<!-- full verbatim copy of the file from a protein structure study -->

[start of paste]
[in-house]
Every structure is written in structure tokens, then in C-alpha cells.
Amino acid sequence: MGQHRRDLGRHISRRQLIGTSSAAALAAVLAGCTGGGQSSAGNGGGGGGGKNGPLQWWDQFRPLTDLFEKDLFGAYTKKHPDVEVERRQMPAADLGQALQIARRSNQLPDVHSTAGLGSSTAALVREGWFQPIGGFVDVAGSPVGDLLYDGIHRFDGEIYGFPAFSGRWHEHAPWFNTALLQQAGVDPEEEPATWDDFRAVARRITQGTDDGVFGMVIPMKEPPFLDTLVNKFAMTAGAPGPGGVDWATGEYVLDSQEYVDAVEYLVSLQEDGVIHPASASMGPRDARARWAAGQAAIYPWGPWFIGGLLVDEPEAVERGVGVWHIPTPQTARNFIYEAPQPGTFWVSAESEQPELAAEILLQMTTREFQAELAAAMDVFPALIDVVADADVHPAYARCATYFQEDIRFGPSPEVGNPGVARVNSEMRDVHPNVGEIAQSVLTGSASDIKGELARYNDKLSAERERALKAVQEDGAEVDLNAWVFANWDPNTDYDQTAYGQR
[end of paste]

[in-house]
Every structure is written in structure tokens, then in C-alpha cells.
Amino acid sequence: MGQHRRDLGRHISRRQLIGTSSAAALAAVLAGCTGGGQSSAGNGGGGGGGKNGPLQWWDQFRPLTDLFEKDLFGAYTKKHPDVEVERRQMPAADLGQALQIARRSNQLPDVHSTAGLGSSTAALVREGWFQPIGGFVDVAGSPVGDLLYDGIHRFDGEIYGFPAFSGRWHEHAPWFNTALLQQAGVDPEEEPATWDDFRAVARRITQGTDDGVFGMVIPMKEPPFLDTLVNKFAMTAGAPGPGGVDWATGEYVLDSQEYVDAVEYLVSLQEDGVIHPASASMGPRDARARWAAGQAAIYPWGPWFIGGLLVDEPEAVERGVGVWHIPTPQTARNFIYEAPQPGTFWVSAESEQPELAAEILLQMTTREFQAELAAAMDVFPALIDVVADADVHPAYARCATYFQEDIRFGPSPEVGNPGVARVNSEMRDVHPNVGEIAQSVLTGSASDIKGELARYNDKLSAERERALKAVQEDGAEVDLNAWVFANWDPNTDYDQTAYGQR